Most annoying for me, the book isn't even well written. About once a chapter you get a construction like this: "of course she knew it would happen. (paragraph break) It never happened." When you keep relying on this trick it quickly becomes dull and signals the reader not to trust the story.
This is the type of book that makes regular people think that book critics are full of it. Don't make the mistake I made. Never pick it up.

Wednesday, January 28, 2009


Am I alone in this? Whenever I see a commercial that names a competing brand by name, I always assume that the sponsor of the commercial is inferior one. I mean, if they were really the best one out there they wouldn't need to try and bury someone else, right?
And while I'm mentioning the ads, a quick word to Wendys (again). This whole 'threeconomics' line of commercials? It makes your customers look like jerks. Why would you do this? Wise up, ok? I miss Dave Thomas.

Tuesday, January 27, 2009

Films set in Minnesota

The list on wikipedia is here.

I'm going with a top five (in particular order) of:

Grumpy Old Men
Drop Dead Gorgeous

Anyone want to challenge that?


While watching 'Untamed Heart'

"Christian Slater was always one of those that I expected to die young. And now that he hasn't, I'm kind of disappointed."

The FP Gal, clearly not under the Slater spell.

(Caution, quote didn't sound this bad in context.)


According to the news, if we make it until Saturday without breaking 32, we will be enjoying only the fourth January in recorded Minnesota history to not get above freezing. Not that December was much better, though we did have five days where we peeked over the edge. This eternal cold weather means that the sidewalks aren't clear and the sides of the street are incredibly jagged and uneven. We've had fifteen days so far where the low was in the minuses. That is half of the month!
I don't think the general populace is holding up well with all of this cold. We're all becoming snarly and beaten down. And dried out! All of us have sections of skin that could be used to plane wood. Our cars look like they were rubbed all over a salt mine and then parked in the surf.
Would it be out of place to suggest that the state be declared a disaster area? Funds could be provided to send us in small groups to warmer locations for vacations. Ok, before you say no, you have to admit that this isn't the worst use of the bailout money that you've heard of.
Still, in three months it will be warm again. Warm enough to dress in smaller coats and hats. Ugh, just kill me now.

Monday, January 26, 2009

The Rules

There are apparently some very strict rules as to what toys and furniture can be in what spots. These rules were completely unknown to us as of two years ago but now we live by them under pain of screaming and yelling. The rules don't have any rhyme or reason that we can detect. They just are.
Our only hope is that they aren't eternal or that someday we will be let in on their secrets. O what a lovely day that will be!

Sunday, January 25, 2009

Best Picture Questions

The other day Kate mentioned that she hadn't seen of this year's Best Picture noms. She's in pretty good company, only one of the five films have made a dent as far as box office totals go. Numbers from Box Office Mojo as of 25jan:
Benjamin Button $111 million
Slumdog $56 million
Milk $21 million
Frost/Nixon $12 million
The Reader $9.6 million
The $100 million mark is a pretty common yardstick in Hollywood for movie success. I bet that the Best Picture nomination will boost interest in a movie but it's hard for me to see any of the bottom three movies crossing the century mark. There are at least two reasons for this, the movies were released only in arthouse theaters without a lot of coverage. Also, they won't interest any but a small segment of the population.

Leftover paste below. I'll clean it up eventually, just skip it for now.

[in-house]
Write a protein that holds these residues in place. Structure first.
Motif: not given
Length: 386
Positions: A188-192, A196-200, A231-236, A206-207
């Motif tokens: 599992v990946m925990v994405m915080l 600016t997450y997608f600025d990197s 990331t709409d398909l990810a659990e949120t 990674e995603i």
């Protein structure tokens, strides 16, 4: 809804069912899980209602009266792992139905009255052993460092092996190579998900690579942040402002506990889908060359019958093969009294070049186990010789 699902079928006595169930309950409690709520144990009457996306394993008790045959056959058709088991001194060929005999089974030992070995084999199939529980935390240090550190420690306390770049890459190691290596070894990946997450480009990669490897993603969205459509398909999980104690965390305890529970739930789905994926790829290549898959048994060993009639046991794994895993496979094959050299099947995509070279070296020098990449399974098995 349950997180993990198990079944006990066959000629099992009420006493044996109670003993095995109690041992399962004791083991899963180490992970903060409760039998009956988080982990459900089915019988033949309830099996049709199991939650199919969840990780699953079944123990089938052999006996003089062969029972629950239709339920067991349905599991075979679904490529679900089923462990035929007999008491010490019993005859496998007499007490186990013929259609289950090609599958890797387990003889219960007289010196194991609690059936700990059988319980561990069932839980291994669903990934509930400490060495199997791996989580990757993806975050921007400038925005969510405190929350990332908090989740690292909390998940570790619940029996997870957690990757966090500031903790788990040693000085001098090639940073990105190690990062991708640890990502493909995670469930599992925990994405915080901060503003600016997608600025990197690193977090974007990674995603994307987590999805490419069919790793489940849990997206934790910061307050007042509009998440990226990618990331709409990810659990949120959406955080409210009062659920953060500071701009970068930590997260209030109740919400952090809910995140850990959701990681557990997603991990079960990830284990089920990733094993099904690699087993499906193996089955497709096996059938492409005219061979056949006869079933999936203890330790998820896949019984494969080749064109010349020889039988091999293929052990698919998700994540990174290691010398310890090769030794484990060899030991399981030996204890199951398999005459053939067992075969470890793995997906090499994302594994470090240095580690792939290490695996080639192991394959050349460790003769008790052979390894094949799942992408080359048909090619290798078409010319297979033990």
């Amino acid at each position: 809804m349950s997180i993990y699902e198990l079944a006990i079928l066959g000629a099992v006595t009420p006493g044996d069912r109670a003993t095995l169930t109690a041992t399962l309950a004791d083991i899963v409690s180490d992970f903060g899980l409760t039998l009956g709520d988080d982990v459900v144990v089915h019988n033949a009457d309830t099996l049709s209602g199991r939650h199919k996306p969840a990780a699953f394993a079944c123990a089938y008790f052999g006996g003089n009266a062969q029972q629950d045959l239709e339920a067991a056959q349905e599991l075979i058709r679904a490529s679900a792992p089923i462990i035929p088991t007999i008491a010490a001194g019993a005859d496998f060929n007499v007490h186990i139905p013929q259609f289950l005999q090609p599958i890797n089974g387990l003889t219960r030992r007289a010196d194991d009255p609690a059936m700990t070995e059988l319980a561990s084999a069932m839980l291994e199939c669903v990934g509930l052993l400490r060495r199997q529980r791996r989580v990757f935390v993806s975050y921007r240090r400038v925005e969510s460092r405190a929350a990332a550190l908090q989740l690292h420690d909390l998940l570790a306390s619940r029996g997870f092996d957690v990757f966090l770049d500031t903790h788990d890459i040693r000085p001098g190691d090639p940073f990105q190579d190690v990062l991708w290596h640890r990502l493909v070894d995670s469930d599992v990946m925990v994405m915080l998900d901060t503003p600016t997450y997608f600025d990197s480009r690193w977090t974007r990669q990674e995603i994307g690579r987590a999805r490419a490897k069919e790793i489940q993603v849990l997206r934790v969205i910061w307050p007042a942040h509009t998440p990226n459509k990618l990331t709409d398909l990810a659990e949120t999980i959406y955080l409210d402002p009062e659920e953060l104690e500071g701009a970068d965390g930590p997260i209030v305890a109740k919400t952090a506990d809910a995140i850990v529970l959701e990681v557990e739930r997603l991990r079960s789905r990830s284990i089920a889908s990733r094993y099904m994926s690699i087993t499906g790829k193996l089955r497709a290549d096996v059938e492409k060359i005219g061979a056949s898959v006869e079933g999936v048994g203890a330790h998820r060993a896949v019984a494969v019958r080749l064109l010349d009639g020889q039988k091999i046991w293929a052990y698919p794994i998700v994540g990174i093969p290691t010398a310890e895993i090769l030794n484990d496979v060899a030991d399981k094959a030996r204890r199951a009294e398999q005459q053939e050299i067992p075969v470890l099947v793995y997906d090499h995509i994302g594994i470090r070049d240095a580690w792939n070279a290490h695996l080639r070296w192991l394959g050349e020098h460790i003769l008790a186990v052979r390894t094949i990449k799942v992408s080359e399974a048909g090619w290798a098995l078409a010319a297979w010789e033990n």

This hasn't always been the case with Best Picture films. Only one nominated film this decade has had the top annual box office (Return of the King). The 90's had three (Forrest Gump, Titanic, Saving Private Ryan) and so did the 80's (Raiders of the Lost Ark, E.T., Rain Man). Numbers going back to 1980 can be found here.
What's happened? I've got a few ideas:
  • More and more of the 'Oscar bait' movies are being wedged into the very last part of the year. None of this year's was out in wide release before Thanksgiving. This compresses the entire genre into a few weeks. It's tough for people to get out there and actually see many of these. For comparison, a movie that is definitely Best Picture quality, Wall-E, was released in the summer and it made $223 million. The downside is that the voters forgot about all of it's praise before they issued ballots.
  • There are more and more niche films. The '94 Oscar debate was widespread because lots of people saw Forrest Gump and Pulp Fiction. (Shawshank Redemption gained speed on VHS because it has horrible marketing.) If Milk narrowly beats Frost/Nixon only a couple percent of the country will have any kind of informed opinion. If it doesn't interest many people, they'll look to different critics.
  • Message movies! If your movie is trying to make some narrow political point, you are almost certainly going to turn off anyone that doesn't already agree with it. This goes back to my theory that we get better movies when the president is a Democrat. Soon we'll be back to uplift and more traditional moral themes.
  • The Oscar voters are off. We know that the ratings for the award show keep declining. The last big one was when Titanic was up. People become invested in films and care about the sucess of the ones they love. If the Oscar become an arthouse only award, you'll see the numbers continue to decline. This will be noticed and I'm guessing that opinions will shift.